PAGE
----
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Home Insurance FAQs
Do I need home insurance?
No law requires you to have home insurance – but it is a financial safeguard you might well want in place to protect what is likely to be your biggest investment, in either the bricks and mortar or the property or, indeed, its contents.
But my mortgage lender insists I have it
That’s right. Mortgage lenders usually insist on cover for the building itself – it is their way of ensuring that the advance they made to you is protected. If you fail to meet the terms of their contract – i.e. to get at least the bare minimum buildings insurance cover – they could insist you repay the outstanding balance mortgage amount immediately.
So home insurance is mortgage insurance?
No. Mortgage insurance is a safeguard your lender might arrange to cover the risk of your defaulting on the mortgage repayments – you pay the premiums, but the insurance is entirely for the benefit of the mortgage lender.
What is meant by home insurance?
Typically, home insurance is a description for two separate types of cover, one for the structure and fabric of your home and the other for its contents – therefore it is often referred to as home building and contents insurance.
The two may be bought separately, but are commonly bought together, and you are likely to be offered a discount on the premiums if you do so – specialist providers such as those of us here at GSI Insurance are able to advise whether a combined building and contents insurance policy might be appropriate for you.
Whether you buy them together or separately, House to Home magazine recommends that your home filing system has one folder for the building insurance and another for the contents.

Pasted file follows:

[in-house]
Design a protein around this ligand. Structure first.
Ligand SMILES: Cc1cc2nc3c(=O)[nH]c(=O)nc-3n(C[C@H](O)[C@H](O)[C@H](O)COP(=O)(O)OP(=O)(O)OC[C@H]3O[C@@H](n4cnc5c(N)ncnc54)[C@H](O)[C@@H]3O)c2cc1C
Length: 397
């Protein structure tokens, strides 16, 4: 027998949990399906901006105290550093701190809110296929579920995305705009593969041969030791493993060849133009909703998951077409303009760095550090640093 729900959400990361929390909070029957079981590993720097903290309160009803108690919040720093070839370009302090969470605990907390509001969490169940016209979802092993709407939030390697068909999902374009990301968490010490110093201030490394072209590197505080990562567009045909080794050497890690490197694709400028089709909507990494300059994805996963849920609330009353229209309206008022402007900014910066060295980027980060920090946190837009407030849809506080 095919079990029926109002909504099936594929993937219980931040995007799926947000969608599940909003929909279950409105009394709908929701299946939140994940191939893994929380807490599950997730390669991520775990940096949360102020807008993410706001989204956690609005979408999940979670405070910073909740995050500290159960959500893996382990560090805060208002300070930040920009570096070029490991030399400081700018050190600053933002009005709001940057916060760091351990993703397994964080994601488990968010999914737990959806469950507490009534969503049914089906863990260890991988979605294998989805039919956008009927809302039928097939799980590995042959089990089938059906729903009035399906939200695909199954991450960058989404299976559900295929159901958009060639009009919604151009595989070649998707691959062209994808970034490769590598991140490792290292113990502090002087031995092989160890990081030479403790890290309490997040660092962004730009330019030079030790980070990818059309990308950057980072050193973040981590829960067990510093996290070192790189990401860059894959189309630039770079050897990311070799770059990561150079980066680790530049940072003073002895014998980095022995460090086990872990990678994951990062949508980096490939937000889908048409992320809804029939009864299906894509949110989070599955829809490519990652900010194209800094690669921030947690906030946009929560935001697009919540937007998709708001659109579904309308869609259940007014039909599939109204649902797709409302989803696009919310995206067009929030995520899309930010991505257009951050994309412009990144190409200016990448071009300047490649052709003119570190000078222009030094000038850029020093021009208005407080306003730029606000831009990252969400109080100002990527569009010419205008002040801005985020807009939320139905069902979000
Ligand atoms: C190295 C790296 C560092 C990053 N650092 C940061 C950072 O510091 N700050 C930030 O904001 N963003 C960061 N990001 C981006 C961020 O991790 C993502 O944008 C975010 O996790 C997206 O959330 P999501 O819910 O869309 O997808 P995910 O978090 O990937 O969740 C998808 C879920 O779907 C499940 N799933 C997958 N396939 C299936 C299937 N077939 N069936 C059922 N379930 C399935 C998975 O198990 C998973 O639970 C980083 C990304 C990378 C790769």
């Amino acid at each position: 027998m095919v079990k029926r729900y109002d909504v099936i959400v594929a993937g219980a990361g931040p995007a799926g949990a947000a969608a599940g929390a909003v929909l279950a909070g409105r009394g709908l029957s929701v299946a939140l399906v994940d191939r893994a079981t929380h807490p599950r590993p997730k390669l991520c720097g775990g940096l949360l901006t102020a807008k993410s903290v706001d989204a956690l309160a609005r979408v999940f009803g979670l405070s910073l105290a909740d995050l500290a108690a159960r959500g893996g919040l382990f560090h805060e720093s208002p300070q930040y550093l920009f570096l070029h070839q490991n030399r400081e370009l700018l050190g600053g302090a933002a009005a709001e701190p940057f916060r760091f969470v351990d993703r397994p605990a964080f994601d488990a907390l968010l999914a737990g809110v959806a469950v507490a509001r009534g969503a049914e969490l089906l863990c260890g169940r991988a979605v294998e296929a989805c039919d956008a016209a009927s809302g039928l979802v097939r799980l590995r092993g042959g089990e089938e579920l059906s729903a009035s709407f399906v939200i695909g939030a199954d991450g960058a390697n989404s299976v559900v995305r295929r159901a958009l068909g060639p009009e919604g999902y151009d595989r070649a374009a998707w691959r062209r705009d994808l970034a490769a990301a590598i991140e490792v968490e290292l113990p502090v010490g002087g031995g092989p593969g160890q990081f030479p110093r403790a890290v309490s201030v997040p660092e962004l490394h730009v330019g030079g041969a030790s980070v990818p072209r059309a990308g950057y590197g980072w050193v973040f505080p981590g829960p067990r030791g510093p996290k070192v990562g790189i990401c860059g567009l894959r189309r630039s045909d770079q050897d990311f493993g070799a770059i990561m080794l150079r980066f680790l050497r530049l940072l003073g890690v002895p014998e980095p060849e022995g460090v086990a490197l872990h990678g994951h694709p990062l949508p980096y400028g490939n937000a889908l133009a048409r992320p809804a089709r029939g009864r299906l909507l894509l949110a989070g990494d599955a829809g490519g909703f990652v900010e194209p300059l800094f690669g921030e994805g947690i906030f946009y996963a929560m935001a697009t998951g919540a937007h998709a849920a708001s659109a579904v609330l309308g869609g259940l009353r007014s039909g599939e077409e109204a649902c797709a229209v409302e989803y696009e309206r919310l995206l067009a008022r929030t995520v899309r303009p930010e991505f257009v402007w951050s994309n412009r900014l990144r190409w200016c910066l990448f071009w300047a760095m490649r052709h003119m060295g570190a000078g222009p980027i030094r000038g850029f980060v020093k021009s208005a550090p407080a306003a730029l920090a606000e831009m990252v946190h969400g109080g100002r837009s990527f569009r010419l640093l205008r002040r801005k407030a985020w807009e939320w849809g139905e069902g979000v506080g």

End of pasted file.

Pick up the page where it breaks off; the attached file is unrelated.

What does building insurance cover?
Building insurance is important because it protects the structure and fabric of your home against such serious risks as fire, flooding, escape of water, impacts, storm damage and vandalism.
Incidents such as these might result in the total loss of the building, requiring it to be constructed anew.
The amount of building insurance, therefore needs to be sufficient to cover such rebuilding costs. Clearly, the sum is likely to be different to the purchase or current market price of the dwelling and is likely to fluctuate over time as building costs change. The Royal Institute of Chartered Surveyors (RICS) publishes a Building Cost Index showing the change in such costs on a month by month basis.
You might also note that the amount of building insurance required by your mortgage lender might only be sufficient to cover the mortgage advance and not the total rebuilding costs which you may need.
What does contents insurance cover?
Contents cover provides protection for the belongings and possessions you keep at home – they are exposed to similar perils as the building itself, together with the risk of accidental damage, loss and theft;
In providing cover for these risks, claims on your contents insurance may be settled either on the basis of replacing lost or damaged items on a new for old basis or after the deduction of the estimated depreciation or their “wear and tear” – cover on a new for old basis is clearly more expensive than the lower amount settled on a wear and tear basis.